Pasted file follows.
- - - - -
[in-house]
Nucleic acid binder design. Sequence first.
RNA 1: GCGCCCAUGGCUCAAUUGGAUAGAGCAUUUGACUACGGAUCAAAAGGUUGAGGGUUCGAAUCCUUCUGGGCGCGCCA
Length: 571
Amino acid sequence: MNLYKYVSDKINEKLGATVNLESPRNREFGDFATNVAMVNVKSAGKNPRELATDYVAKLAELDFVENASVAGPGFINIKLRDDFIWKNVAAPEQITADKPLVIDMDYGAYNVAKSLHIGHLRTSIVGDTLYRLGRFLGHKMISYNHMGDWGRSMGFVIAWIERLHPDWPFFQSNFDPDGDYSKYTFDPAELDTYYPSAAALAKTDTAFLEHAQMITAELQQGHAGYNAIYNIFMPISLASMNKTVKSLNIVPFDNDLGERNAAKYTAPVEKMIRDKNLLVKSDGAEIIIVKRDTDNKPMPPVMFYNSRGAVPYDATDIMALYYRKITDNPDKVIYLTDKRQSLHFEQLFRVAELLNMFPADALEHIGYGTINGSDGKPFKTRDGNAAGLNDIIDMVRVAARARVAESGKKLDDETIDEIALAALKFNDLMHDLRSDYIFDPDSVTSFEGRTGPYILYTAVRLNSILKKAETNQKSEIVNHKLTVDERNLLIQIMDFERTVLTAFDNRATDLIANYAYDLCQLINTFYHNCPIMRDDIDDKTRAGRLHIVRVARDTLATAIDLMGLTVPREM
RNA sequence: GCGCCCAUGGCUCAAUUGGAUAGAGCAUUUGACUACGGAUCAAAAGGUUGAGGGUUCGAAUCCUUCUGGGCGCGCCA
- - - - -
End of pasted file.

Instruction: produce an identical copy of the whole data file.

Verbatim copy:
[in-house]
Nucleic acid binder design. Sequence first.
RNA 1: GCGCCCAUGGCUCAAUUGGAUAGAGCAUUUGACUACGGAUCAAAAGGUUGAGGGUUCGAAUCCUUCUGGGCGCGCCA
Length: 571
Amino acid sequence: MNLYKYVSDKINEKLGATVNLESPRNREFGDFATNVAMVNVKSAGKNPRELATDYVAKLAELDFVENASVAGPGFINIKLRDDFIWKNVAAPEQITADKPLVIDMDYGAYNVAKSLHIGHLRTSIVGDTLYRLGRFLGHKMISYNHMGDWGRSMGFVIAWIERLHPDWPFFQSNFDPDGDYSKYTFDPAELDTYYPSAAALAKTDTAFLEHAQMITAELQQGHAGYNAIYNIFMPISLASMNKTVKSLNIVPFDNDLGERNAAKYTAPVEKMIRDKNLLVKSDGAEIIIVKRDTDNKPMPPVMFYNSRGAVPYDATDIMALYYRKITDNPDKVIYLTDKRQSLHFEQLFRVAELLNMFPADALEHIGYGTINGSDGKPFKTRDGNAAGLNDIIDMVRVAARARVAESGKKLDDETIDEIALAALKFNDLMHDLRSDYIFDPDSVTSFEGRTGPYILYTAVRLNSILKKAETNQKSEIVNHKLTVDERNLLIQIMDFERTVLTAFDNRATDLIANYAYDLCQLINTFYHNCPIMRDDIDDKTRAGRLHIVRVARDTLATAIDLMGLTVPREM
RNA sequence: GCGCCCAUGGCUCAAUUGGAUAGAGCAUUUGACUACGGAUCAAAAGGUUGAGGGUUCGAAUCCUUCUGGGCGCGCCA